How genetically modifying mosquitoes could strengthen the world’s war on malaria

S. Oliver and J. Raman,  The Conversation,  2023.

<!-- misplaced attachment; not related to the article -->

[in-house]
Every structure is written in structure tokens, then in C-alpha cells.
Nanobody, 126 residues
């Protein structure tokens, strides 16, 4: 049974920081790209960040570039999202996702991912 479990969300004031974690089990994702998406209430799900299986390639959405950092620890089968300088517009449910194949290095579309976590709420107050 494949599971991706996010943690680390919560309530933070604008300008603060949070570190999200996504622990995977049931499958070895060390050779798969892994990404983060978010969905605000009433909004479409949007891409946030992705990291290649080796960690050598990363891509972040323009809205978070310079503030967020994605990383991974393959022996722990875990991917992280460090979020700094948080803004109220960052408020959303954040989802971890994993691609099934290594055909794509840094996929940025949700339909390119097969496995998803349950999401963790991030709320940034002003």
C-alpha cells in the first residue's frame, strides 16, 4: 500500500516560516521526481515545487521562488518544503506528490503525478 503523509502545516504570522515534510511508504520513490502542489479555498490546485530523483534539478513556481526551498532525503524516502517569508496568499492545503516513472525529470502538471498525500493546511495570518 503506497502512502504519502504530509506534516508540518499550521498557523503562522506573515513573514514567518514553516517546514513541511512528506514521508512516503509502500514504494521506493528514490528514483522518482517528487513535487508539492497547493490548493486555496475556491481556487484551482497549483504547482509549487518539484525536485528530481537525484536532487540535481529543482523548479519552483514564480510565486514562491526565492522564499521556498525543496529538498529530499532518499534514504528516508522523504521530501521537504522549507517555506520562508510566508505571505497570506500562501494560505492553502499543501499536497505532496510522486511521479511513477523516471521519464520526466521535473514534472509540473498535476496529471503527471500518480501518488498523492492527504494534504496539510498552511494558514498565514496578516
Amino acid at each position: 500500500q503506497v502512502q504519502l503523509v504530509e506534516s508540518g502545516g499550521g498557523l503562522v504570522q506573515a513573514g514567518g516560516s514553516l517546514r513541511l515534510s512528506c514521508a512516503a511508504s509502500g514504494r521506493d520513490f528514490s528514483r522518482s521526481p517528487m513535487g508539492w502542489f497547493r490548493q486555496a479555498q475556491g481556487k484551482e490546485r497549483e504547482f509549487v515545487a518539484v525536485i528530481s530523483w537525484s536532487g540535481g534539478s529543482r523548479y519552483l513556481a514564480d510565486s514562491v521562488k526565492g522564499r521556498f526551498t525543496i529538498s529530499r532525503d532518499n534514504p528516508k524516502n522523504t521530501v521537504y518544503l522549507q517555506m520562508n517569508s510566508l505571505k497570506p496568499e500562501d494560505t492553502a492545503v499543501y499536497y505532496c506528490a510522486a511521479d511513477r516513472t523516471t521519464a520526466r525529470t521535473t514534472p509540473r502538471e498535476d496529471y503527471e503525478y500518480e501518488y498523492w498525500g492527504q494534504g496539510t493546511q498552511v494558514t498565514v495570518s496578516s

Mosquitoes can be genetically modified through two different technologies. The first method, paratransgenesis, involves infecting mosquitoes with bacteria that prevent them from transmitting malaria. This doesn’t harm the mosquito. It is important not to eliminate or harm mosquitoes because they pollinate many plants and are food for animals like bats, birds and reptiles. Scientists are excited about this method following the recent discovery of a bacterium that occurs naturally in mosquitoes’ guts and appears to prevent the malaria parasite from developing inside the mosquito. The second method involves genetically modifying the mosquitoes themselves. This approach centres on gene drives: genetic systems that ensure genes of interest are inherited by all offspring in every generation. There are two types of gene drive. One aims to reduce the vector population size and is known as population suppression. The other aims to prevent the mosquito from transmitting malaria; it is known as population modification.

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